Nate’s blog is full of big questions. I think we should spend some time on many of those issues. For now, I’ll just address this question: “So Dr. Jake, from your perspective, why do so many college students leave the faith during college years?”
I’ll argue that most students who go through faith crises in college are not really questioning God’s existence; Jesus’ life, ministry, and divinity; salvation, etc,. What they are really questioning is their family’s, church’s, youth pastor’s “brand” of who God is. They feel like they’re at a crossroads: believe my parents or believe my professors. That’s a scary place to be.
A friend of mine who teaches in our Biblical Studies division once told me that when a student enters his office and says, “I don’t believe in God,” his first reaction is to ask, “Tell me more about this God you don’t believe in.” What begins, then, is a critical dialogue about God and about that student’s faith journey and background.
What I’ve noticed about our students is that many of them were never asked by their parents, churches, or youth pastors what THEY think about faith, God, salvation, etc. They’re told what to think, so they enter college without any real critical thinking skills. And, ultimately, they become even more vulnerable to a variety of opposing worldviews.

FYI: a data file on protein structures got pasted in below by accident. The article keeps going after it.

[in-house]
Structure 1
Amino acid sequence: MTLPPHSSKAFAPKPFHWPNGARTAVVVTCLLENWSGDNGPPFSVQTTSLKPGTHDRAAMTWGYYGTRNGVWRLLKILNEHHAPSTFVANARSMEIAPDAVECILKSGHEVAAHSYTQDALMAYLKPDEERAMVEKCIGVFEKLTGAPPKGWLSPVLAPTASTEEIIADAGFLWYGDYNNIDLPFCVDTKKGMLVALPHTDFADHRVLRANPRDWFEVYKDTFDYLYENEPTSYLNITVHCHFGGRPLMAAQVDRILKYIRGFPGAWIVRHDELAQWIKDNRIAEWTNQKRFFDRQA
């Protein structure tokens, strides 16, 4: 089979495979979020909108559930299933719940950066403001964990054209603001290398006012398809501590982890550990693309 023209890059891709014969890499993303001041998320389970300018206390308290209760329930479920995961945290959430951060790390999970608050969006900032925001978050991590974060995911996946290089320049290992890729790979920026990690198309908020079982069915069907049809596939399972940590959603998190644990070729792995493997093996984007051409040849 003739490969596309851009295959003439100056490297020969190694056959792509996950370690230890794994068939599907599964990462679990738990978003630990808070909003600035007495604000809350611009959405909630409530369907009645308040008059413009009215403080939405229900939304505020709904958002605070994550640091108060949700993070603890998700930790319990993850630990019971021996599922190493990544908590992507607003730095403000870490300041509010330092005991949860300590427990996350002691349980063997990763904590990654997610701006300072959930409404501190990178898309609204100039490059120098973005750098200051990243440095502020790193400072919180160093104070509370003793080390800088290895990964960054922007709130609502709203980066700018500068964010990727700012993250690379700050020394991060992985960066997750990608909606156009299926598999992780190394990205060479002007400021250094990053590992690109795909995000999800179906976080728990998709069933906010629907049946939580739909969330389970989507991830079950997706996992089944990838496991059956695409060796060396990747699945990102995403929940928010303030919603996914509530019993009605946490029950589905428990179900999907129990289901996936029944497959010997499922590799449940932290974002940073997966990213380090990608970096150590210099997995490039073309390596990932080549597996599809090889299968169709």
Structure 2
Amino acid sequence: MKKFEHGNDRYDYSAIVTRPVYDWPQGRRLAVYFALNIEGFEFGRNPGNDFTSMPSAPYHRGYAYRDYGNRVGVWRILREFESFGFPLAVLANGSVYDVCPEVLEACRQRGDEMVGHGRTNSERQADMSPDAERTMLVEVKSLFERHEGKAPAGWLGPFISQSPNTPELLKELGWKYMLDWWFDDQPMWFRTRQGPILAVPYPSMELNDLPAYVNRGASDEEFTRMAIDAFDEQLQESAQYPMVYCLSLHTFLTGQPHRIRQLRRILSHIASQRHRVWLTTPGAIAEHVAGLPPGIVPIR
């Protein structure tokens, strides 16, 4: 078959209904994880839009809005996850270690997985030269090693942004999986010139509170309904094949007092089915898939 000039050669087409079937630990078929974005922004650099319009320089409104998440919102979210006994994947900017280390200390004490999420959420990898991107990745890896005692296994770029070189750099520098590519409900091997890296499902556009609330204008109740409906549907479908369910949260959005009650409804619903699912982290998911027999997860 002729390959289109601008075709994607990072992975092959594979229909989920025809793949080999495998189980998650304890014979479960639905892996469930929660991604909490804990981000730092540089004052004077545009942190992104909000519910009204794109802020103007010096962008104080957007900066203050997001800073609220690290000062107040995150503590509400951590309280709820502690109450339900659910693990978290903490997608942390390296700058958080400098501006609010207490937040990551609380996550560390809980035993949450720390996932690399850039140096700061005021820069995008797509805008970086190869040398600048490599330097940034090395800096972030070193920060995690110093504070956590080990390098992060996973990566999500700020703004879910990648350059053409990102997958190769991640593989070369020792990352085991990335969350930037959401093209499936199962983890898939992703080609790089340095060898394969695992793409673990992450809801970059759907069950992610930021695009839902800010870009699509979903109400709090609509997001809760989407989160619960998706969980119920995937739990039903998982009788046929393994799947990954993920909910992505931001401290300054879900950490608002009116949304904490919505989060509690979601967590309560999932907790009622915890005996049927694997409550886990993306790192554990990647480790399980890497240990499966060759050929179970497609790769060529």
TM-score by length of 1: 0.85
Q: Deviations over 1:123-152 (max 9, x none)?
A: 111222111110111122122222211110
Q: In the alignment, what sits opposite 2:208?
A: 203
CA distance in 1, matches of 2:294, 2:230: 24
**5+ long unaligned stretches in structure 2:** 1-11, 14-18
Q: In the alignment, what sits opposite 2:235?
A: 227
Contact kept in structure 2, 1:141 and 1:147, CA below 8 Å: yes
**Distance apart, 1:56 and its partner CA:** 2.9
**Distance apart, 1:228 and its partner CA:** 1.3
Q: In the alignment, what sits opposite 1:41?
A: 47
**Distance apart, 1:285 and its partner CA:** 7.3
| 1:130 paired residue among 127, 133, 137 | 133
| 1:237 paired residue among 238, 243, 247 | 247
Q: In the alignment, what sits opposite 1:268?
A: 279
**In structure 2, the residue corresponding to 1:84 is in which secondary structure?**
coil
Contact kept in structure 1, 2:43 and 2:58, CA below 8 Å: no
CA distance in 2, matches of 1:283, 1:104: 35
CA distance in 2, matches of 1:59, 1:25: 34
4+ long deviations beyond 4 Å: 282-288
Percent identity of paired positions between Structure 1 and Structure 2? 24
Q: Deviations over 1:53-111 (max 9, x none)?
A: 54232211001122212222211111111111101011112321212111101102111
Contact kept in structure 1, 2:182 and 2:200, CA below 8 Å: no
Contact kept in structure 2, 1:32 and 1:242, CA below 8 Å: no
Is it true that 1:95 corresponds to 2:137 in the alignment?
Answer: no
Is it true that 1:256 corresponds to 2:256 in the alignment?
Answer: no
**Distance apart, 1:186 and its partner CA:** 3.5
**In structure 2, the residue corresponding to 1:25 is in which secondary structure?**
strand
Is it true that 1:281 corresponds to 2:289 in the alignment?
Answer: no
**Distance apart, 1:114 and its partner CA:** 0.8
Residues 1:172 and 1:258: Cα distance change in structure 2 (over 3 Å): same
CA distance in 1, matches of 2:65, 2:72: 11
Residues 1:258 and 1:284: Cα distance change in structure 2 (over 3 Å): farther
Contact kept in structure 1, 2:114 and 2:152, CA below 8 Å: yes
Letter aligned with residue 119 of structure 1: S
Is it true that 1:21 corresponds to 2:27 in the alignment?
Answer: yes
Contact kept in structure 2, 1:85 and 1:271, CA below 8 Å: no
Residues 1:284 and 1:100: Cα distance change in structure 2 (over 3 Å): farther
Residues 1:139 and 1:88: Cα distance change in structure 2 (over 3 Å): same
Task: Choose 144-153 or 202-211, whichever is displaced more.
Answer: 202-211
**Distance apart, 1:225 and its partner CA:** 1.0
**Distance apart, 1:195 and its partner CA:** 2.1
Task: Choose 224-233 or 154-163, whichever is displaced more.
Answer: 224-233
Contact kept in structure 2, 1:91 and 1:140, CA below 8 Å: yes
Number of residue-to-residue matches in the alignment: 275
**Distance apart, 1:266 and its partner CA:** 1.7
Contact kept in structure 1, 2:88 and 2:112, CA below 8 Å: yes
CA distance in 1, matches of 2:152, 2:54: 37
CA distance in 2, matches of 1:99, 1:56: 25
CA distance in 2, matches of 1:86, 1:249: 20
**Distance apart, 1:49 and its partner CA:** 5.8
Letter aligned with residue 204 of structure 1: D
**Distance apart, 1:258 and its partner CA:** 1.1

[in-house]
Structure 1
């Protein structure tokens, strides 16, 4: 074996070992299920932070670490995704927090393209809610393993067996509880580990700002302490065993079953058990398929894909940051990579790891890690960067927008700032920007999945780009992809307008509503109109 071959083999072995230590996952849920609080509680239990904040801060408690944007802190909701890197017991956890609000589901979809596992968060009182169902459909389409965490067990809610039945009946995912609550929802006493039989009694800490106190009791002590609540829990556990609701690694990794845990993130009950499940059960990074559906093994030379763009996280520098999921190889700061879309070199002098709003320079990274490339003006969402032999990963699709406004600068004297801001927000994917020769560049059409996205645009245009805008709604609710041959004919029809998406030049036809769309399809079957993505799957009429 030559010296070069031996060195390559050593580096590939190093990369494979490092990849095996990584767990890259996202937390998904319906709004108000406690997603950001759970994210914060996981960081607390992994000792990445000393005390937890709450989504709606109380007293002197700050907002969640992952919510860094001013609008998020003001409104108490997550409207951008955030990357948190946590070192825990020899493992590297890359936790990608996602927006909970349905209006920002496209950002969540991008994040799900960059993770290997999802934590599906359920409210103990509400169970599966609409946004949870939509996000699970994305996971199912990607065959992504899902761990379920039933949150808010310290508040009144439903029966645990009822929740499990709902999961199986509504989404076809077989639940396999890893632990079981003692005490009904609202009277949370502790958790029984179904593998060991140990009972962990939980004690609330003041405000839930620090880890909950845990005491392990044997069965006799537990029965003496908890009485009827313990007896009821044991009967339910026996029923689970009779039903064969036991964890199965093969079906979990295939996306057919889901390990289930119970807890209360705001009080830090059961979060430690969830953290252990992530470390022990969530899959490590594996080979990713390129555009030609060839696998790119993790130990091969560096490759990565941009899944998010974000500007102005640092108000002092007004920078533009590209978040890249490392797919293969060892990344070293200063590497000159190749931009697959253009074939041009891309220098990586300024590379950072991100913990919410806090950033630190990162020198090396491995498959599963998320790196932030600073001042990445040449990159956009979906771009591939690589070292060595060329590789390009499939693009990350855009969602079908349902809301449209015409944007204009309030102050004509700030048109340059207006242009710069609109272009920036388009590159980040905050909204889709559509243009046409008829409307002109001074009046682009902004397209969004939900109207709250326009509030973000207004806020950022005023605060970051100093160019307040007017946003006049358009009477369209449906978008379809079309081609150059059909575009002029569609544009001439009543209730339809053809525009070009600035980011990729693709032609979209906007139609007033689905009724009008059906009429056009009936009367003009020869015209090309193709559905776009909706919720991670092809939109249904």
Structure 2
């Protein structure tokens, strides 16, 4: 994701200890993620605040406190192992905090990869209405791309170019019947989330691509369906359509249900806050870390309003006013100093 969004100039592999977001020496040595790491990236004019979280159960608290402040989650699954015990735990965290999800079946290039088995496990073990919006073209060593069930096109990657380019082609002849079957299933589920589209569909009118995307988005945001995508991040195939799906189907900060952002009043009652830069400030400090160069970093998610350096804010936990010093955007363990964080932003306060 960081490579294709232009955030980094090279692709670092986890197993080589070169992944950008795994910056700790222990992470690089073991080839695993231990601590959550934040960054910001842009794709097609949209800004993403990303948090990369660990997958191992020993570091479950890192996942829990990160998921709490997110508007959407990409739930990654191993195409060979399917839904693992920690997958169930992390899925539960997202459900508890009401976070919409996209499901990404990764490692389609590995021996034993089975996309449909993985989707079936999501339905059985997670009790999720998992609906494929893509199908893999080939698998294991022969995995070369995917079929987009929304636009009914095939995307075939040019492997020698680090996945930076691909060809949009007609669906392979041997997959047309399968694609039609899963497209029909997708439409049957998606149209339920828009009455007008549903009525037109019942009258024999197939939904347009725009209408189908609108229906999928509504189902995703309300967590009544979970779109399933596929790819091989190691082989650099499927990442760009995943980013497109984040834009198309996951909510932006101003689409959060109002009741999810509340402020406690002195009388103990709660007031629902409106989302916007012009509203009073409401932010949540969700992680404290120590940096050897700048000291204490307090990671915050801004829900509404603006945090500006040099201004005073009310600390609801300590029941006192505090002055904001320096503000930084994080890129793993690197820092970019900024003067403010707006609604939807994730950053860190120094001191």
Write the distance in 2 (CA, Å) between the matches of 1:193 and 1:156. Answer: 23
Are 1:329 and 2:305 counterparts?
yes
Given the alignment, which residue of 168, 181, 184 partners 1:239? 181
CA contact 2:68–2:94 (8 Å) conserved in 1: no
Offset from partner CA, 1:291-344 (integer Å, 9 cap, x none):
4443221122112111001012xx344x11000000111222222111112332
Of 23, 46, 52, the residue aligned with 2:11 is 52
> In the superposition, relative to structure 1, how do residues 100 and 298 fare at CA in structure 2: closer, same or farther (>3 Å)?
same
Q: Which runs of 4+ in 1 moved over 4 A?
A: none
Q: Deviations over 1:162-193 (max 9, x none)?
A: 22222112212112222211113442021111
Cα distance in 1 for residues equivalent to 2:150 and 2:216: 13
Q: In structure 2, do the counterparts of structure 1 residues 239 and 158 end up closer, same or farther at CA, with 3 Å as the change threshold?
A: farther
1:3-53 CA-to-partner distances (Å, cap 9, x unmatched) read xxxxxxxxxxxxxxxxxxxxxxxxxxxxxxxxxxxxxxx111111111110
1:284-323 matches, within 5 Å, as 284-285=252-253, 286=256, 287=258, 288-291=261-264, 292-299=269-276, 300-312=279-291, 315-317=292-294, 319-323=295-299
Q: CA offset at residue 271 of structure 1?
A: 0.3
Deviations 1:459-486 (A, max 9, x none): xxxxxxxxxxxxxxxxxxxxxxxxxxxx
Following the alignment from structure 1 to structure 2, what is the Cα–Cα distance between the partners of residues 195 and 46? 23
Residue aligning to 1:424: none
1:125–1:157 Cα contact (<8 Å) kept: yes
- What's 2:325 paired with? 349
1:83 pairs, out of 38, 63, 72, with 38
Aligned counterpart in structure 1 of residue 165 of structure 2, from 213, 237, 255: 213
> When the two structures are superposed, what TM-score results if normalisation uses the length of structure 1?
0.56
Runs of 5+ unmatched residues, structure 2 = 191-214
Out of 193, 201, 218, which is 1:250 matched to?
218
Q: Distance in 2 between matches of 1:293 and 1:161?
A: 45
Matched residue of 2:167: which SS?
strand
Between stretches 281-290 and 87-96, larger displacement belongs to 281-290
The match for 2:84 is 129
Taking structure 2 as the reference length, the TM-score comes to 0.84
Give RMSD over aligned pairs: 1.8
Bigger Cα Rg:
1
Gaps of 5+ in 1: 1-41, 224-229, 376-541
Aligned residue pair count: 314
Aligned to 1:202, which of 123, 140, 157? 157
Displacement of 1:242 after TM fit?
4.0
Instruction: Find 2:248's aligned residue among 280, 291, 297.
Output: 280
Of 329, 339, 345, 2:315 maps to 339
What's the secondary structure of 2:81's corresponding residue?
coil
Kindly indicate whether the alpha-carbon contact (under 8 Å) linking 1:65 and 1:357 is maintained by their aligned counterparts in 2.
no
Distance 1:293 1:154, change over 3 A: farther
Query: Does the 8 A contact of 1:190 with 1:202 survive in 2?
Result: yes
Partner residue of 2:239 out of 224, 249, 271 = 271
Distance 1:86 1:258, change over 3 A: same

We have many students who go through periods of doubt and skepticism at JBU; however, the professors here are committed to walking with students and allowing them to ask the difficult questions. We have to allow people to ask the difficult questions. They’re really asking God; you just happen to be standing there at the time.